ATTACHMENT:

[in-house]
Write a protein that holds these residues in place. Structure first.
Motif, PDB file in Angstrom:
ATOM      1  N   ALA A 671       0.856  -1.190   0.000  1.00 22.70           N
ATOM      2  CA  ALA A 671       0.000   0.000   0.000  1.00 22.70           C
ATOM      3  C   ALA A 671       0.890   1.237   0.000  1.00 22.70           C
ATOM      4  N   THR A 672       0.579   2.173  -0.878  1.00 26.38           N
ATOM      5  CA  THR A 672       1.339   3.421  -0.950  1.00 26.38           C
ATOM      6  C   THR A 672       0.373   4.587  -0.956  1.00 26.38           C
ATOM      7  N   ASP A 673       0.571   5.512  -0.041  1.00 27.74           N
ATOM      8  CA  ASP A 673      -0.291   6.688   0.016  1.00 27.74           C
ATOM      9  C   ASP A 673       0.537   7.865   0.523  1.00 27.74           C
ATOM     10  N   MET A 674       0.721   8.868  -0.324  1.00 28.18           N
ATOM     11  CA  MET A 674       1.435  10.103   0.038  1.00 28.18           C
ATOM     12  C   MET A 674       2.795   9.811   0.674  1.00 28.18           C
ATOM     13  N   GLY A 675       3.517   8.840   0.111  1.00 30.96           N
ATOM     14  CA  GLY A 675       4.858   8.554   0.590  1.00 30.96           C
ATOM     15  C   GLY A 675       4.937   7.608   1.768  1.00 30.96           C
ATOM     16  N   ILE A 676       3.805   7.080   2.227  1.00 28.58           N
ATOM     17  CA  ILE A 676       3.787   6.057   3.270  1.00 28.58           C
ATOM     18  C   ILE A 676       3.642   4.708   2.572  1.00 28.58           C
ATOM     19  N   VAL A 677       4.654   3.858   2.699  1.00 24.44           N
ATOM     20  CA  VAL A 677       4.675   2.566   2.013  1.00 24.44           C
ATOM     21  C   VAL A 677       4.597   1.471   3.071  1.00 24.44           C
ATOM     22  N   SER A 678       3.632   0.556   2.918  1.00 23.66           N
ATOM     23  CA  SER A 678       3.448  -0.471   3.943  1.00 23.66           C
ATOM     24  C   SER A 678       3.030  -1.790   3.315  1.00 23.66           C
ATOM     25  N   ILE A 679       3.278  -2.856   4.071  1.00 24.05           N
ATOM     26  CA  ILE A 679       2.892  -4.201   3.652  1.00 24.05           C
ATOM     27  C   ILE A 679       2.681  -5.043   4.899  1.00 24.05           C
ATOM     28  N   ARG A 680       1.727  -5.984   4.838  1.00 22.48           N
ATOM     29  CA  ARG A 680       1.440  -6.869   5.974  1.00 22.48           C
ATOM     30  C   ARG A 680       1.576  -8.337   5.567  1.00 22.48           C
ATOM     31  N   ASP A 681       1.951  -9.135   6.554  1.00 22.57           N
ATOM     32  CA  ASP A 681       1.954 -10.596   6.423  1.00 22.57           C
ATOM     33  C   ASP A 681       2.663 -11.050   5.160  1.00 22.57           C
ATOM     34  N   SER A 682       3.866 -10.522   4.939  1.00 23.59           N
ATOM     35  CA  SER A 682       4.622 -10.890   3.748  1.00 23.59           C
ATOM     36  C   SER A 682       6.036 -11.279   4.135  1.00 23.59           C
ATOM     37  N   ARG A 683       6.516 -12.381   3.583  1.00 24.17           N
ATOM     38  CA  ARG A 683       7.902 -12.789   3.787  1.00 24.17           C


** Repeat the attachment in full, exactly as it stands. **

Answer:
[in-house]
Write a protein that holds these residues in place. Structure first.
Motif, PDB file in Angstrom:
ATOM      1  N   ALA A 671       0.856  -1.190   0.000  1.00 22.70           N
ATOM      2  CA  ALA A 671       0.000   0.000   0.000  1.00 22.70           C
ATOM      3  C   ALA A 671       0.890   1.237   0.000  1.00 22.70           C
ATOM      4  N   THR A 672       0.579   2.173  -0.878  1.00 26.38           N
ATOM      5  CA  THR A 672       1.339   3.421  -0.950  1.00 26.38           C
ATOM      6  C   THR A 672       0.373   4.587  -0.956  1.00 26.38           C
ATOM      7  N   ASP A 673       0.571   5.512  -0.041  1.00 27.74           N
ATOM      8  CA  ASP A 673      -0.291   6.688   0.016  1.00 27.74           C
ATOM      9  C   ASP A 673       0.537   7.865   0.523  1.00 27.74           C
ATOM     10  N   MET A 674       0.721   8.868  -0.324  1.00 28.18           N
ATOM     11  CA  MET A 674       1.435  10.103   0.038  1.00 28.18           C
ATOM     12  C   MET A 674       2.795   9.811   0.674  1.00 28.18           C
ATOM     13  N   GLY A 675       3.517   8.840   0.111  1.00 30.96           N
ATOM     14  CA  GLY A 675       4.858   8.554   0.590  1.00 30.96           C
ATOM     15  C   GLY A 675       4.937   7.608   1.768  1.00 30.96           C
ATOM     16  N   ILE A 676       3.805   7.080   2.227  1.00 28.58           N
ATOM     17  CA  ILE A 676       3.787   6.057   3.270  1.00 28.58           C
ATOM     18  C   ILE A 676       3.642   4.708   2.572  1.00 28.58           C
ATOM     19  N   VAL A 677       4.654   3.858   2.699  1.00 24.44           N
ATOM     20  CA  VAL A 677       4.675   2.566   2.013  1.00 24.44           C
ATOM     21  C   VAL A 677       4.597   1.471   3.071  1.00 24.44           C
ATOM     22  N   SER A 678       3.632   0.556   2.918  1.00 23.66           N
ATOM     23  CA  SER A 678       3.448  -0.471   3.943  1.00 23.66           C
ATOM     24  C   SER A 678       3.030  -1.790   3.315  1.00 23.66           C
ATOM     25  N   ILE A 679       3.278  -2.856   4.071  1.00 24.05           N
ATOM     26  CA  ILE A 679       2.892  -4.201   3.652  1.00 24.05           C
ATOM     27  C   ILE A 679       2.681  -5.043   4.899  1.00 24.05           C
ATOM     28  N   ARG A 680       1.727  -5.984   4.838  1.00 22.48           N
ATOM     29  CA  ARG A 680       1.440  -6.869   5.974  1.00 22.48           C
ATOM     30  C   ARG A 680       1.576  -8.337   5.567  1.00 22.48           C
ATOM     31  N   ASP A 681       1.951  -9.135   6.554  1.00 22.57           N
ATOM     32  CA  ASP A 681       1.954 -10.596   6.423  1.00 22.57           C
ATOM     33  C   ASP A 681       2.663 -11.050   5.160  1.00 22.57           C
ATOM     34  N   SER A 682       3.866 -10.522   4.939  1.00 23.59           N
ATOM     35  CA  SER A 682       4.622 -10.890   3.748  1.00 23.59           C
ATOM     36  C   SER A 682       6.036 -11.279   4.135  1.00 23.59           C
ATOM     37  N   ARG A 683       6.516 -12.381   3.583  1.00 24.17           N
ATOM     38  CA  ARG A 683       7.902 -12.789   3.787  1.00 24.17           C